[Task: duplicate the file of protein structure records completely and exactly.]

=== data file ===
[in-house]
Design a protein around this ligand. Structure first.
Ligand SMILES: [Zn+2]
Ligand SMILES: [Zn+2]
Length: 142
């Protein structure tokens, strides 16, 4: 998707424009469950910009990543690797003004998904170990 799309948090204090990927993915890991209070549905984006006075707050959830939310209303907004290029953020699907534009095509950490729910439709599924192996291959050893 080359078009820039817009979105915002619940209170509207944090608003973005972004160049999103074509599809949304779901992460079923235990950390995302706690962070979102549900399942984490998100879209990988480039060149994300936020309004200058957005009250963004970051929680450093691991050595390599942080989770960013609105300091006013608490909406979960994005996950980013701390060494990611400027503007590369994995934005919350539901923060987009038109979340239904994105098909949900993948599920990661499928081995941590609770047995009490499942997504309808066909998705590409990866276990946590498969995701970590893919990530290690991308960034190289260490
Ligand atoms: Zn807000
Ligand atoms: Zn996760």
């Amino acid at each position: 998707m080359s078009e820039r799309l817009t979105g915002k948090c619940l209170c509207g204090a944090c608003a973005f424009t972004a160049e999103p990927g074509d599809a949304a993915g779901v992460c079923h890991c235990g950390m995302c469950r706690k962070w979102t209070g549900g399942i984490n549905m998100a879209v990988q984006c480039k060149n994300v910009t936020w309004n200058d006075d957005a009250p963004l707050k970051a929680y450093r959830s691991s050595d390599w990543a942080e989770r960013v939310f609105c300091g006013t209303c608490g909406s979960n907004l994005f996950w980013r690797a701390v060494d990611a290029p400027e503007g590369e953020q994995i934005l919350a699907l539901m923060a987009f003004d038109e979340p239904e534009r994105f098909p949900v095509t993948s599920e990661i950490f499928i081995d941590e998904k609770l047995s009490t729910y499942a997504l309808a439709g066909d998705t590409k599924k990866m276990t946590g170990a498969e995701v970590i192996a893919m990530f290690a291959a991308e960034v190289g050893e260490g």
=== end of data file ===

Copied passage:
[in-house]
Design a protein around this ligand. Structure first.
Ligand SMILES: [Zn+2]
Ligand SMILES: [Zn+2]
Length: 142
């Protein structure tokens, strides 16, 4: 998707424009469950910009990543690797003004998904170990 799309948090204090990927993915890991209070549905984006006075707050959830939310209303907004290029953020699907534009095509950490729910439709599924192996291959050893 080359078009820039817009979105915002619940209170509207944090608003973005972004160049999103074509599809949304779901992460079923235990950390995302706690962070979102549900399942984490998100879209990988480039060149994300936020309004200058957005009250963004970051929680450093691991050595390599942080989770960013609105300091006013608490909406979960994005996950980013701390060494990611400027503007590369994995934005919350539901923060987009038109979340239904994105098909949900993948599920990661499928081995941590609770047995009490499942997504309808066909998705590409990866276990946590498969995701970590893919990530290690991308960034190289260490
Ligand atoms: Zn807000
Ligand atoms: Zn996760």
């Amino acid at each position: 998707m080359s078009e820039r799309l817009t979105g915002k948090c619940l209170c509207g204090a944090c608003a973005f424009t972004a160049e999103p990927g074509d599809a949304a993915g779901v992460c079923h890991c235990g950390m995302c469950r706690k962070w979102t209070g549900g399942i984490n549905m998100a879209v990988q984006c480039k060149n994300v910009t936020w309004n200058d006075d957005a009250p963004l707050k970051a929680y450093r959830s691991s050595d390599w990543a942080e989770r960013v939310f609105c300091g006013t209303c608490g909406s979960n907004l994005f996950w980013r690797a701390v060494d990611a290029p400027e503007g590369e953020q994995i934005l919350a699907l539901m923060a987009f003004d038109e979340p239904e534009r994105f098909p949900v095509t993948s599920e990661i950490f499928i081995d941590e998904k609770l047995s009490t729910y499942a997504l309808a439709g066909d998705t590409k599924k990866m276990t946590g170990a498969e995701v970590i192996a893919m990530f290690a291959a991308e960034v190289g050893e260490g």